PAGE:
On April 4 and 5, 2011, approximately 450 artists, arts administrators, philanthropists, and corporations will descend on Washington, D.C., for the 24th Arts Advocacy Day (AAD). Coordinated by Americans for the Arts, this year’s AAD occurs during intense budget debates, as legislators are making crucial spending decisions in an effort to reduce the national debt. Dance/USA, a founding member of the Performing Arts Alliance, is a proud National Co-Sponsor of Arts Advocacy Day.
This year, several key issues are at stake, including funding for the National Endowment of the Arts and Arts in Education programs. Below are some of the key issues that arts advocates will take to their legislators on April 5.
• Support for the NEA. National arts funding has been riding a budget rollercoaster during the past two months. In February, the House Appropriations Committee recommended a $22.5 million cut to the NEA in the FY11 spending bill and, just a week later, passed not only this budget cut but also an additional amendment, offered by Rep. Tim Walberg (R-MI-7) to further reduce the NEA budget by $20.6 million. In early March, the Senate released its long-term CR proposal funding the NEA at the current level of $167.5. This proposal did not pass. A three-week continuing resolution was passed by the Senate on Thursday, March 17, that funds the government at current levels through April 8, giving House and Senate leaders additional time to agree on a long-term budget.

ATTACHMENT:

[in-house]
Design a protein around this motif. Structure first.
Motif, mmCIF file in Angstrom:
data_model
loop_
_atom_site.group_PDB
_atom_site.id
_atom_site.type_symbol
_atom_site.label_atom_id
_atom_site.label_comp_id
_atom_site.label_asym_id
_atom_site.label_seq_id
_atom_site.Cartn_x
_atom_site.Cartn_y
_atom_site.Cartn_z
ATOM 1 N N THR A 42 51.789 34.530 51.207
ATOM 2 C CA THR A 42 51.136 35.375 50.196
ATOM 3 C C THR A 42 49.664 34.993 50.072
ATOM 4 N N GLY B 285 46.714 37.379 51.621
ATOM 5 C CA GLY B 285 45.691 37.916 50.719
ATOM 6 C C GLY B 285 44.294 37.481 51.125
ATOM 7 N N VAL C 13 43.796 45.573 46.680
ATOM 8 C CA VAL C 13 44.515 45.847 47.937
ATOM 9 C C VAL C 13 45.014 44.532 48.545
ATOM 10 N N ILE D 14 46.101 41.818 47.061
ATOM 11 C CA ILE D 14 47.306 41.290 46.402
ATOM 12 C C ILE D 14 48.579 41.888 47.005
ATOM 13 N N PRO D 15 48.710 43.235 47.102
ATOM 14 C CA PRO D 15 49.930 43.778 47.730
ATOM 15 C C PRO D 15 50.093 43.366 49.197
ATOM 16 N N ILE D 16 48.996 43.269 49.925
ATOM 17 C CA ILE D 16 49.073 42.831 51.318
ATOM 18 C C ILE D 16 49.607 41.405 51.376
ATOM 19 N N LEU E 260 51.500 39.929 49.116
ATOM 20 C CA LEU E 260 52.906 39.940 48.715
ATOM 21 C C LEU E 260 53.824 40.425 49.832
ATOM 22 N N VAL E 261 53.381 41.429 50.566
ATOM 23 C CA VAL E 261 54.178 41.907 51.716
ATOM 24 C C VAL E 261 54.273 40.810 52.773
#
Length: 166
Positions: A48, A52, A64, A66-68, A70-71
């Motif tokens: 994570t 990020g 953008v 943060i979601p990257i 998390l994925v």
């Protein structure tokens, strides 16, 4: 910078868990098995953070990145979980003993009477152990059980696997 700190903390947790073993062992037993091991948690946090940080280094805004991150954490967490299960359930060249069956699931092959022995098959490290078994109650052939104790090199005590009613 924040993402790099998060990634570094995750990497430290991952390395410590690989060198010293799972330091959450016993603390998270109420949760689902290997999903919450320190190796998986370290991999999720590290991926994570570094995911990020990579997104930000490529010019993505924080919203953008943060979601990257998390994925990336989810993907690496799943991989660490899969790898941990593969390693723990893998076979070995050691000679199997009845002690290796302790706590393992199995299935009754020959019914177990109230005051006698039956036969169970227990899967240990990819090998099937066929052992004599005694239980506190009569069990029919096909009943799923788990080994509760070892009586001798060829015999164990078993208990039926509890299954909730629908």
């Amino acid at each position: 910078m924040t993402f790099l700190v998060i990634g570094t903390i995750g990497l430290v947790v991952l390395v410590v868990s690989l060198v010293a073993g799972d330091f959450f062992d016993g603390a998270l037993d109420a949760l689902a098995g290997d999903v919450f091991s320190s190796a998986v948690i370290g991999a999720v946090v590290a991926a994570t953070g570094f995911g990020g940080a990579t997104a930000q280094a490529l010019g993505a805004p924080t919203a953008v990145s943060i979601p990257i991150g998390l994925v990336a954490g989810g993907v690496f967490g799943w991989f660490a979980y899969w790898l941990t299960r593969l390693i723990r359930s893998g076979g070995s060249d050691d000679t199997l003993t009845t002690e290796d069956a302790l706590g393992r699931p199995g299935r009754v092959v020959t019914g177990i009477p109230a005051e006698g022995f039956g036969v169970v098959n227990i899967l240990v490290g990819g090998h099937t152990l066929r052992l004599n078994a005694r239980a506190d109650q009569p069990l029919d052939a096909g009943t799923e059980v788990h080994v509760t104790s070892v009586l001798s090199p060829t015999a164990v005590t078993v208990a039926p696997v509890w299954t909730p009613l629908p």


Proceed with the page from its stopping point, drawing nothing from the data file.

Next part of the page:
However, this is just the beginning. In February, President Obama proposed a $21.3 million cut to the NEA for FY12, which translates to a $146.255 million budget. This reduced funding for the NEA would result in smaller state allocations (which make up 40% of the NEA budget), less money for direct grants, and less money for arts education support. The national arts community will work to maintain NEA funding at FY10 levels by demonstrating that the arts have a positive economic impact on communities; support student engagement; and increase the accessibility to artistic excellence.